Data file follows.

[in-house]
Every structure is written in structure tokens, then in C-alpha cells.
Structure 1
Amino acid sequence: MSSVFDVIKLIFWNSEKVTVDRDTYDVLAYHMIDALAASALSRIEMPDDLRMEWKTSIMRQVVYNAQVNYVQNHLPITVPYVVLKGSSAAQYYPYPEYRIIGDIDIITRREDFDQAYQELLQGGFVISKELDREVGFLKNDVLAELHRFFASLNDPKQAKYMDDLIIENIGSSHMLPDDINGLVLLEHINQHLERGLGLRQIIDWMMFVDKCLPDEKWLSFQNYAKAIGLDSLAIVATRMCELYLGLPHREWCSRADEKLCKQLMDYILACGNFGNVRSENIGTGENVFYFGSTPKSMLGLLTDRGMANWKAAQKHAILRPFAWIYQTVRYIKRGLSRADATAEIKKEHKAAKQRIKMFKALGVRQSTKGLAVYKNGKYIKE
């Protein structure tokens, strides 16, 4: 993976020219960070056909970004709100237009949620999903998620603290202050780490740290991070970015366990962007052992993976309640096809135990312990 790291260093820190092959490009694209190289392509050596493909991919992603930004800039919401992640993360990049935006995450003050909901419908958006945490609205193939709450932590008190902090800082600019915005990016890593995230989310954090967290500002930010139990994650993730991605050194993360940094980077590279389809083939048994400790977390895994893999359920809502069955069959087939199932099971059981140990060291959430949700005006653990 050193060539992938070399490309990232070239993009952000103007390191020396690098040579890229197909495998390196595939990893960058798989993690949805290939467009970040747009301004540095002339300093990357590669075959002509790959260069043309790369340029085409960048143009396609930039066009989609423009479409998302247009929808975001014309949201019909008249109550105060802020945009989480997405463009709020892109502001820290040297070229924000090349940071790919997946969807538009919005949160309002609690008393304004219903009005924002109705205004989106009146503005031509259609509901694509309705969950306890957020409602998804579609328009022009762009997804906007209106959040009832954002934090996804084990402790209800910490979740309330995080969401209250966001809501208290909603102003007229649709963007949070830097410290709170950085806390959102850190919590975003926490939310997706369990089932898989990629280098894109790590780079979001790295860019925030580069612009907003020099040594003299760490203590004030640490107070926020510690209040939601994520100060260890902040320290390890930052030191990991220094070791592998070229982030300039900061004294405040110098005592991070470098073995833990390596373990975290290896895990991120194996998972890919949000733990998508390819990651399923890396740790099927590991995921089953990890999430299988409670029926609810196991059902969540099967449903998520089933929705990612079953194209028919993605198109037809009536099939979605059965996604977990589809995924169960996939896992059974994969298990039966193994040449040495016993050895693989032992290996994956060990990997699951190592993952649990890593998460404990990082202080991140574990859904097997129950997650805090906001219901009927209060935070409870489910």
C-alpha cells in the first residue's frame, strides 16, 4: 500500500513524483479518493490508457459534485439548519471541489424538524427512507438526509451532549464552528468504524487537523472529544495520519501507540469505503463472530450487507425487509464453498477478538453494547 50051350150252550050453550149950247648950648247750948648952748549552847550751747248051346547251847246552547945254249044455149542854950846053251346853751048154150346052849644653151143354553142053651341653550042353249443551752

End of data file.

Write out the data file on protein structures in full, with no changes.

[in-house]
Every structure is written in structure tokens, then in C-alpha cells.
Structure 1
Amino acid sequence: MSSVFDVIKLIFWNSEKVTVDRDTYDVLAYHMIDALAASALSRIEMPDDLRMEWKTSIMRQVVYNAQVNYVQNHLPITVPYVVLKGSSAAQYYPYPEYRIIGDIDIITRREDFDQAYQELLQGGFVISKELDREVGFLKNDVLAELHRFFASLNDPKQAKYMDDLIIENIGSSHMLPDDINGLVLLEHINQHLERGLGLRQIIDWMMFVDKCLPDEKWLSFQNYAKAIGLDSLAIVATRMCELYLGLPHREWCSRADEKLCKQLMDYILACGNFGNVRSENIGTGENVFYFGSTPKSMLGLLTDRGMANWKAAQKHAILRPFAWIYQTVRYIKRGLSRADATAEIKKEHKAAKQRIKMFKALGVRQSTKGLAVYKNGKYIKE
């Protein structure tokens, strides 16, 4: 993976020219960070056909970004709100237009949620999903998620603290202050780490740290991070970015366990962007052992993976309640096809135990312990 790291260093820190092959490009694209190289392509050596493909991919992603930004800039919401992640993360990049935006995450003050909901419908958006945490609205193939709450932590008190902090800082600019915005990016890593995230989310954090967290500002930010139990994650993730991605050194993360940094980077590279389809083939048994400790977390895994893999359920809502069955069959087939199932099971059981140990060291959430949700005006653990 050193060539992938070399490309990232070239993009952000103007390191020396690098040579890229197909495998390196595939990893960058798989993690949805290939467009970040747009301004540095002339300093990357590669075959002509790959260069043309790369340029085409960048143009396609930039066009989609423009479409998302247009929808975001014309949201019909008249109550105060802020945009989480997405463009709020892109502001820290040297070229924000090349940071790919997946969807538009919005949160309002609690008393304004219903009005924002109705205004989106009146503005031509259609509901694509309705969950306890957020409602998804579609328009022009762009997804906007209106959040009832954002934090996804084990402790209800910490979740309330995080969401209250966001809501208290909603102003007229649709963007949070830097410290709170950085806390959102850190919590975003926490939310997706369990089932898989990629280098894109790590780079979001790295860019925030580069612009907003020099040594003299760490203590004030640490107070926020510690209040939601994520100060260890902040320290390890930052030191990991220094070791592998070229982030300039900061004294405040110098005592991070470098073995833990390596373990975290290896895990991120194996998972890919949000733990998508390819990651399923890396740790099927590991995921089953990890999430299988409670029926609810196991059902969540099967449903998520089933929705990612079953194209028919993605198109037809009536099939979605059965996604977990589809995924169960996939896992059974994969298990039966193994040449040495016993050895693989032992290996994956060990990997699951190592993952649990890593998460404990990082202080991140574990859904097997129950997650805090906001219901009927209060935070409870489910």
C-alpha cells in the first residue's frame, strides 16, 4: 500500500513524483479518493490508457459534485439548519471541489424538524427512507438526509451532549464552528468504524487537523472529544495520519501507540469505503463472530450487507425487509464453498477478538453494547 50051350150252550050453550149950247648950648247750948648952748549552847550751747248051346547251847246552547945254249044455149542854950846053251346853751048154150346052849644653151143354553142053651341653550042353249443551752